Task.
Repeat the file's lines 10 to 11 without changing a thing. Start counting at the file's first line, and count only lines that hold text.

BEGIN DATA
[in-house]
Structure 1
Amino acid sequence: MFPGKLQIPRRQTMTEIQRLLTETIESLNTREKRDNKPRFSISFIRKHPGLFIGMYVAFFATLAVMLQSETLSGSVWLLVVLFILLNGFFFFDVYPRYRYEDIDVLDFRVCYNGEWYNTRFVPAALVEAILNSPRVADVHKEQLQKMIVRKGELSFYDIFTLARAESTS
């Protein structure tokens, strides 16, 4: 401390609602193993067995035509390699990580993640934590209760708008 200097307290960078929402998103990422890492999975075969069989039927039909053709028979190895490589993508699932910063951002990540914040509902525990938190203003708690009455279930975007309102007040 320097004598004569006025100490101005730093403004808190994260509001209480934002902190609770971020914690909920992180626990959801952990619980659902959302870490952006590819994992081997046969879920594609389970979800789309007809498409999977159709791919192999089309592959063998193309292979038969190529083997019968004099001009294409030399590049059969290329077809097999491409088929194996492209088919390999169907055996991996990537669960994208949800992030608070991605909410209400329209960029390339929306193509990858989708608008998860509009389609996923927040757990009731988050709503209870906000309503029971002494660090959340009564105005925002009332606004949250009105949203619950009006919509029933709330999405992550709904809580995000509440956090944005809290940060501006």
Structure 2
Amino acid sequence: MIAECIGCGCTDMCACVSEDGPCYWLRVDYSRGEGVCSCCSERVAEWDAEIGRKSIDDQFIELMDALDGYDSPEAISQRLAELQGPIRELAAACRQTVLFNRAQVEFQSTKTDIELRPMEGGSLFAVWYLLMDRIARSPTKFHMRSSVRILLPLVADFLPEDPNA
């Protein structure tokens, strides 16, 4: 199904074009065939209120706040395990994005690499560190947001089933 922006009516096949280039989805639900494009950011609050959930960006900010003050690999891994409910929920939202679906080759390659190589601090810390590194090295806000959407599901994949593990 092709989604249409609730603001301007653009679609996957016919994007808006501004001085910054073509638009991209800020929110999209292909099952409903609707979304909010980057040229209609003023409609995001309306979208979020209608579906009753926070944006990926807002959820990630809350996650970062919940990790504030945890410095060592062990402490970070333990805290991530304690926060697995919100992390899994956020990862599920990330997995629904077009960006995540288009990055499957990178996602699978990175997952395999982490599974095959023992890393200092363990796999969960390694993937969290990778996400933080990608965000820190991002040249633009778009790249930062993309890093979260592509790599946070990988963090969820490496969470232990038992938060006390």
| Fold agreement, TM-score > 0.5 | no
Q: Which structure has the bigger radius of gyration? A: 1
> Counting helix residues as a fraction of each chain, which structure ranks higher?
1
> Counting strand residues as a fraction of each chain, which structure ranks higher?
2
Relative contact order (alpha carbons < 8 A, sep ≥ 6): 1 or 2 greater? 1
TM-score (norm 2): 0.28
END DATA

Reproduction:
> Counting helix residues as a fraction of each chain, which structure ranks higher?
1